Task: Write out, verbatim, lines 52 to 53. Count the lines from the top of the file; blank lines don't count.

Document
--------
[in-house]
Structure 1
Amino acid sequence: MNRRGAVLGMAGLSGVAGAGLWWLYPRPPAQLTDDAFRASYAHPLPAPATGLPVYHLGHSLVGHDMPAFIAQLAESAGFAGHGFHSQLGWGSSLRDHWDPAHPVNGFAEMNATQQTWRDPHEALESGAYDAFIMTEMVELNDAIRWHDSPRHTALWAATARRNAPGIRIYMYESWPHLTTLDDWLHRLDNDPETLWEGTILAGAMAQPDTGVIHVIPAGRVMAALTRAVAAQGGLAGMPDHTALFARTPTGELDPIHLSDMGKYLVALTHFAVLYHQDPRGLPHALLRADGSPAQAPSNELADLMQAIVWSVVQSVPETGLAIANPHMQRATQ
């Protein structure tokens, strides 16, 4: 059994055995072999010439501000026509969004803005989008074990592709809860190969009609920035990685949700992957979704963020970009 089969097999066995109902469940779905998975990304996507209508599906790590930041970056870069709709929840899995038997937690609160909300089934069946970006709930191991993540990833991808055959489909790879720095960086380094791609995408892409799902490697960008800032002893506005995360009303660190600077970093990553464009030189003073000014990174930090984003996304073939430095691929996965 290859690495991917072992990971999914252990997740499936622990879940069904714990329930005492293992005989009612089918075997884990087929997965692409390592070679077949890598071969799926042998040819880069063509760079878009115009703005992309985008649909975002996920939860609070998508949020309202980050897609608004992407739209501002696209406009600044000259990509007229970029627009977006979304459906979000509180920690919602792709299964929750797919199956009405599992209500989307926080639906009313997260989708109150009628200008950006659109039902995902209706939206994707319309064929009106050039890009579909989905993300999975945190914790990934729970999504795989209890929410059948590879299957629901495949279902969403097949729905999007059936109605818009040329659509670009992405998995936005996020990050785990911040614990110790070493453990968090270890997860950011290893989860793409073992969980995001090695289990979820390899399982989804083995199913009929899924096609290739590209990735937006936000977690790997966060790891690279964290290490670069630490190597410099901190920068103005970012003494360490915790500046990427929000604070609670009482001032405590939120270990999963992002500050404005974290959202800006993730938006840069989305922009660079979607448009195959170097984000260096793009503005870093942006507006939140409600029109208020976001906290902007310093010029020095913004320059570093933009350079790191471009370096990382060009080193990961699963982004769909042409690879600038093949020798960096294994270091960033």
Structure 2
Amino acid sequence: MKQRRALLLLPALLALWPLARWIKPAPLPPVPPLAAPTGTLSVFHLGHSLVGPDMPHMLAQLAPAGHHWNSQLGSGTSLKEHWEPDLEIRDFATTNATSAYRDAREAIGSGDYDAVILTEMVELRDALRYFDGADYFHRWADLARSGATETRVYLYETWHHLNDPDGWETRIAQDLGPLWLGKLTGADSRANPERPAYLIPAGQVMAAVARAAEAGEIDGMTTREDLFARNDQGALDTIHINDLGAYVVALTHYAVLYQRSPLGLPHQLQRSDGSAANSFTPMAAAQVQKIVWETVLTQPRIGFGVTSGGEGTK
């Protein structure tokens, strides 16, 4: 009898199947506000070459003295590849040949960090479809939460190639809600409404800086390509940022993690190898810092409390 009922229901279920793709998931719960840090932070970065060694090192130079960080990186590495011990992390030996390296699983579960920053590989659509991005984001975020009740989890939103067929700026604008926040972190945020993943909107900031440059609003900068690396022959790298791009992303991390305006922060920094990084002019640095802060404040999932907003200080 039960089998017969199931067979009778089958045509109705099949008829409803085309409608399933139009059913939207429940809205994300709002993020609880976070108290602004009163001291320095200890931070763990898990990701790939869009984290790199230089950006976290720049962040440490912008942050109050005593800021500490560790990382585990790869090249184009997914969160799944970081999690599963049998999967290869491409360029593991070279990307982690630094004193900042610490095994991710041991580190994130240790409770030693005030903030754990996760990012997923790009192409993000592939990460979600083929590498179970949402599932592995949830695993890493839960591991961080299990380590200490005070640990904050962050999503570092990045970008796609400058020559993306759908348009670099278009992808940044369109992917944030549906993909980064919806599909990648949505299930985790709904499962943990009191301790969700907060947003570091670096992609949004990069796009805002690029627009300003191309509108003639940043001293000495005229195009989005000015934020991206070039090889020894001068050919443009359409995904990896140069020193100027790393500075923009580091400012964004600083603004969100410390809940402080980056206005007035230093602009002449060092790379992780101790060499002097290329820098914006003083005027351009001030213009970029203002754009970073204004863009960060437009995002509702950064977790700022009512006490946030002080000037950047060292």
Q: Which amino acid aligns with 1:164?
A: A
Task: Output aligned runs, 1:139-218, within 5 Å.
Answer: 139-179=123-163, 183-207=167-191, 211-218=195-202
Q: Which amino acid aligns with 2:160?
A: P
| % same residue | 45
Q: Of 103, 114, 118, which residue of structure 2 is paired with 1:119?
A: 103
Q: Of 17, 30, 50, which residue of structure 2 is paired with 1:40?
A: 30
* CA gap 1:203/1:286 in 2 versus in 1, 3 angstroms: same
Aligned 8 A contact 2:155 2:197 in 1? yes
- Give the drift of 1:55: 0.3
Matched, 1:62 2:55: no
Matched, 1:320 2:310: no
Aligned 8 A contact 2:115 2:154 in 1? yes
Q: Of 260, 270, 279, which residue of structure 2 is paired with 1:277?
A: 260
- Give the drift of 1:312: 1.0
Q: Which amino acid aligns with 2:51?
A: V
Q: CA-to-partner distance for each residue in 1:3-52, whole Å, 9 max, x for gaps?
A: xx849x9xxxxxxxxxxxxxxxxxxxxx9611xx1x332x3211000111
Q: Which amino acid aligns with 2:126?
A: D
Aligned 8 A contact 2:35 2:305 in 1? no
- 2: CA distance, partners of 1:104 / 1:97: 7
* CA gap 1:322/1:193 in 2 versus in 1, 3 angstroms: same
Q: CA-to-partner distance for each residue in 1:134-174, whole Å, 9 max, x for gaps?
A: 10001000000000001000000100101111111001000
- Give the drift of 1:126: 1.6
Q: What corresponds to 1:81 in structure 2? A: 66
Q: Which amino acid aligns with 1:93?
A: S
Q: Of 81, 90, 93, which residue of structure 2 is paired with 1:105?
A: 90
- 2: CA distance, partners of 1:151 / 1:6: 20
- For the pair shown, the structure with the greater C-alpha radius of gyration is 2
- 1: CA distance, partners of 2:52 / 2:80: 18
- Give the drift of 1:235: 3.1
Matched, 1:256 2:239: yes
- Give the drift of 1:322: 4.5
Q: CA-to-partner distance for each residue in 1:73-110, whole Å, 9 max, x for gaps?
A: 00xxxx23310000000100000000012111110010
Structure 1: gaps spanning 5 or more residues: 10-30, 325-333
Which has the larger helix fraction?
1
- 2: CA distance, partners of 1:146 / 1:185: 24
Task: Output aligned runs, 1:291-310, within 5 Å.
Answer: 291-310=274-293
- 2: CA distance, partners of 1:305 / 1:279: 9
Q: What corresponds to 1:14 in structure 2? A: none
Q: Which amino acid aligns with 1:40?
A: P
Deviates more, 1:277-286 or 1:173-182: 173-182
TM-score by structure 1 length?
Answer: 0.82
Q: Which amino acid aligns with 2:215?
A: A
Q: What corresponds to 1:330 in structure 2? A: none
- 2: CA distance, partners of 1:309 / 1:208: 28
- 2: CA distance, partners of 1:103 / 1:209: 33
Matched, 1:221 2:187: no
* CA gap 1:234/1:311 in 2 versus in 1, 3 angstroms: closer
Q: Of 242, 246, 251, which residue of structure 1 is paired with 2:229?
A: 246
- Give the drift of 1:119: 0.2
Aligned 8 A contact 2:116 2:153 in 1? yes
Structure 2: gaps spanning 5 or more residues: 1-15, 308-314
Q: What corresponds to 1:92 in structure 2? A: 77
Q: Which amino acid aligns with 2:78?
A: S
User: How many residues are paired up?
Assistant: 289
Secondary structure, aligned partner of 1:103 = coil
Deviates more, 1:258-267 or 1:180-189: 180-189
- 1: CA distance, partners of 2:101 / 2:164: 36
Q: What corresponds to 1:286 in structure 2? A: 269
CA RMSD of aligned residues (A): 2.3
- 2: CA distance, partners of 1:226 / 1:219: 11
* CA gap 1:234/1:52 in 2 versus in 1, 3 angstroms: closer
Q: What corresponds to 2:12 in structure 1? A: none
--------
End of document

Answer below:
A: 00xxxx23310000000100000000012111110010
Structure 1: gaps spanning 5 or more residues: 10-30, 325-333